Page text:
Wittier Word Weavers

Writers' Club of Whittier


3 Comments

Be All You Can Be

FullSizeRender (29)The future is in my hands. I am the maker of my own destiny, and it is up to me to realize it. There are the doors, and I have the master key.

Summer 1986. Vietnam was far behind–its horror, its close borders, our life on hold. I had been in the US for two years, a sophomore in college averaging 18-24 quarter units, holding a part-time job, and dating and partying. I embraced life with every breath and burned with impatience to make more of myself. At 24 years old, I knew full well I had a late start. In my mind was this constant warning that time was running out, and I’d better hurry in this order of urgency: by all means get my career going—a bachelor degree, then immediately a job so that I could have that needed health insurance to fix my cavities, then locate a suitable man to start a family. Meanwhile, I should grab as much fun as I could while discovering myself and reaching the two urgent goals above.

That summer I desperately wanted to travel out of California. The summer before an appendectomy had kept me homebound before the summer quarter started. Then school. Then work. Then school again.

With no money to begin with, I had to be creative. One day, on my way to class I walked by a sign. It said, “Be All You Can Be.” I was fascinated by what I read. That was exactly what I had been wanting. Below the sign was this picture of a soldier dressed in a camo fatigue uniform. Hmm! That wasn’t in my plan, but…, it wouldn’t hurt to inquire. I pushed in the glass door to sit down across a desk from a black man in army uniform. He flashed his teeth and extended his hand, a very American gesture that I wasn’t yet comfortable with, but we shook hands nonetheless, or he shook mine. After the mutual introduction and I was to call him as Sergeant X (I can no longer recall his name), he described to me in length what the program was all about. It was called ROTC, and it trained college students for later recruitment into the US army. As of immediately, I could sign up for the summer basic training, and the US Army would give me a free medical evaluation and if I qualified, would send me all expenses paid to Fort Knox, Kentucky for a six-week stay. Afterward, I could choose to return straight home, or go on to another destination of my choice, and the ticket would be provided.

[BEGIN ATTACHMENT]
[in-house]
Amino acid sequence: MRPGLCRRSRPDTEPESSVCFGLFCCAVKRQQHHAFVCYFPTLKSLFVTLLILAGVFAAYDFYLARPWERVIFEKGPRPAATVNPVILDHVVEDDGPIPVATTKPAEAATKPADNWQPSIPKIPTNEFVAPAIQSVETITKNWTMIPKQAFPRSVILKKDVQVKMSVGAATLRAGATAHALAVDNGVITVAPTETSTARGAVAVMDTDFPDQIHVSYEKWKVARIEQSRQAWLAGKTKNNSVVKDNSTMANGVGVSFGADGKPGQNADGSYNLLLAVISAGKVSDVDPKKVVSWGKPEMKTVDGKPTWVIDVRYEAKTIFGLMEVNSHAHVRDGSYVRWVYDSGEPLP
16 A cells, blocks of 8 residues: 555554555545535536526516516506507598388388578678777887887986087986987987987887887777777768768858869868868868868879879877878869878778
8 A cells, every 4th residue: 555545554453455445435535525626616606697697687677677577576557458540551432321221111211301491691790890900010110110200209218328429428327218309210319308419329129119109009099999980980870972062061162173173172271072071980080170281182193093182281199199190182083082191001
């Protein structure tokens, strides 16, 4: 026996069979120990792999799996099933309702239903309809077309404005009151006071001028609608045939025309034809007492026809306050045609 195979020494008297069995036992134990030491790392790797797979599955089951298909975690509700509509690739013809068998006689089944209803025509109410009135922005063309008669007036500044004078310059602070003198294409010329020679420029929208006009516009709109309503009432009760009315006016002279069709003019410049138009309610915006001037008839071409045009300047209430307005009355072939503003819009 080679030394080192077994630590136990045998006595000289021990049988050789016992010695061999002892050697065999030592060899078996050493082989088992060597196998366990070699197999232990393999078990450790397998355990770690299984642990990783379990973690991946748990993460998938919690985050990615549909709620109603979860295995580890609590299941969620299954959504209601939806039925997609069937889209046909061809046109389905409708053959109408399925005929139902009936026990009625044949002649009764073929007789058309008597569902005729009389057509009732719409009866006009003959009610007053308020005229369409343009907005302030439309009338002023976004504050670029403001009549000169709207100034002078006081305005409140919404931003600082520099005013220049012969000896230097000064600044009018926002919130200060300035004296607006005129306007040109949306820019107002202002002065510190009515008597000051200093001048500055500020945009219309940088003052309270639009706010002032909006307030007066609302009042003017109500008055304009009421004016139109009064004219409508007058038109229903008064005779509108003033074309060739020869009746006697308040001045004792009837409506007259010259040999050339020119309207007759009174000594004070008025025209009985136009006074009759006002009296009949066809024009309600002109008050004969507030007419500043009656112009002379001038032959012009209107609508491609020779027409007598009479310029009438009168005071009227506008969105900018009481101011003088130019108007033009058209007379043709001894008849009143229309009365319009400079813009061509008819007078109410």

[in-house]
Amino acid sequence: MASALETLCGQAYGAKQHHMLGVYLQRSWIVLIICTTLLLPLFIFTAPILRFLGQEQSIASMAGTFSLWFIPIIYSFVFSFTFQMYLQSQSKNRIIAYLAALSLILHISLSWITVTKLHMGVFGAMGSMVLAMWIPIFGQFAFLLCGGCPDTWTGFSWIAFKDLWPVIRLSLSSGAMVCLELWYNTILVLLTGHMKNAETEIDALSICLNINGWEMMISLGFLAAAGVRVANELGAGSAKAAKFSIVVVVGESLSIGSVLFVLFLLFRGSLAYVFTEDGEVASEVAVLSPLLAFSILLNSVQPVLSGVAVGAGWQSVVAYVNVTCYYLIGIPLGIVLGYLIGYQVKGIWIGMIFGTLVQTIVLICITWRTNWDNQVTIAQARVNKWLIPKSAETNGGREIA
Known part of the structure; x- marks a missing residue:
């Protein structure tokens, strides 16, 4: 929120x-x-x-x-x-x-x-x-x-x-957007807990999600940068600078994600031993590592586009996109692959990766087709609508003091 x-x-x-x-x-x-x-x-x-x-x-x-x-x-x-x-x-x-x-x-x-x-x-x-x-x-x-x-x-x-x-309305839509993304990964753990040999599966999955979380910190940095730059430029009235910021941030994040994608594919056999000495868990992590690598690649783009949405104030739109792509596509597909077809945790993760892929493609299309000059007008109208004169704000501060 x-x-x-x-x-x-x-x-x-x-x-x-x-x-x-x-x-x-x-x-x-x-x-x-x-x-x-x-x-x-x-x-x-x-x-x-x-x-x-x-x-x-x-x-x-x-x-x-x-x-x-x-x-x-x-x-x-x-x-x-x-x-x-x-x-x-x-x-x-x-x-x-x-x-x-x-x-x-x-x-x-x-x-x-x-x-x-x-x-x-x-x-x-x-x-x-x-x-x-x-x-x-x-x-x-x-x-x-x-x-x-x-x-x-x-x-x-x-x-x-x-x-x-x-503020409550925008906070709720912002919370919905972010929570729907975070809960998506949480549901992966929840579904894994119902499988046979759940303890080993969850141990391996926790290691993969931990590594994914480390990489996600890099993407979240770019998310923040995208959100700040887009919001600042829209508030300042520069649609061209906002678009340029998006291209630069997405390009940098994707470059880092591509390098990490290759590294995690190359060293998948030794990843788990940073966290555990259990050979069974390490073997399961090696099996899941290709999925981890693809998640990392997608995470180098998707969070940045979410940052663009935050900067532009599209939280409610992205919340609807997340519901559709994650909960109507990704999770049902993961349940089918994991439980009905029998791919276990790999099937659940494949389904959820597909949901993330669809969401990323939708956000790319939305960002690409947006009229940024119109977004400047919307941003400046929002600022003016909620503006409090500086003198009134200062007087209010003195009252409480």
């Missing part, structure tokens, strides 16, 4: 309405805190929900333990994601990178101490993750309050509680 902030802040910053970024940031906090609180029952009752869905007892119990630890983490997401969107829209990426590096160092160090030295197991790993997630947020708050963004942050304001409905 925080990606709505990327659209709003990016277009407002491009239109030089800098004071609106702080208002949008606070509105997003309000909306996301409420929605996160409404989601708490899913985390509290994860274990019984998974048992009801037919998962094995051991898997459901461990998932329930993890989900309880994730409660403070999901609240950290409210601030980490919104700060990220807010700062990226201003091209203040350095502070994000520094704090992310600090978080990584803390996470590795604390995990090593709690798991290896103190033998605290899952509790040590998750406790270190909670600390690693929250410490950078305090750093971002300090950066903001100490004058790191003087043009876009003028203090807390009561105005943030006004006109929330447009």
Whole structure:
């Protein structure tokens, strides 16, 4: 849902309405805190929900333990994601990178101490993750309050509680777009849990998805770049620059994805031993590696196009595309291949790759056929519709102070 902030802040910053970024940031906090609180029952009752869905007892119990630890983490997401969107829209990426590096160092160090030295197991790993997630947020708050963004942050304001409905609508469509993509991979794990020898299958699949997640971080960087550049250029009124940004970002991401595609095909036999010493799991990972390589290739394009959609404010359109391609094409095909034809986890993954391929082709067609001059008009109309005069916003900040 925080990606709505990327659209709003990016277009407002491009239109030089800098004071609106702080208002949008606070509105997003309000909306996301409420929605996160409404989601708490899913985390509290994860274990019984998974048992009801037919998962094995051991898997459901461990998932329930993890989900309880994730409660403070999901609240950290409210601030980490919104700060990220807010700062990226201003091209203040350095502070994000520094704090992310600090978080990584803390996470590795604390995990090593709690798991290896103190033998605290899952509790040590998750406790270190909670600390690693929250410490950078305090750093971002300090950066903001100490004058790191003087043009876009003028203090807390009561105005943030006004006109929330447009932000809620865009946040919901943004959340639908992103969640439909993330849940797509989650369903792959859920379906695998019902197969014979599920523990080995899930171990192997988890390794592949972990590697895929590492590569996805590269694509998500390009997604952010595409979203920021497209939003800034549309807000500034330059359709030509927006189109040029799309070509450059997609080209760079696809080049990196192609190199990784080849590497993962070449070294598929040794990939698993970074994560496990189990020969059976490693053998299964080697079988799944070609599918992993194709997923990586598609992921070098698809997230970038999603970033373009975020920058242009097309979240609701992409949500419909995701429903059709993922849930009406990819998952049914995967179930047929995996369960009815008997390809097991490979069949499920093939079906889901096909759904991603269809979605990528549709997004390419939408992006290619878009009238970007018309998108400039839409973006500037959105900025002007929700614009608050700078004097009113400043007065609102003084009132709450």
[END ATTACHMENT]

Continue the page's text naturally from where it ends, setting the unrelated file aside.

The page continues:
I didn’t share it with him my ulterior motive—it wouldn’t be wise to do so, but the sergeant has just described my summer travel plan. In my mind it was an excellent opportunity to travel, live among “real’ Americans, earn some money as I would be getting a stipend, and to top it off, being given six full weeks of free workout. Sergeant X could call it an army training if he wanted. For me, it was a dream vacation. I walked out of the ROTC office elated.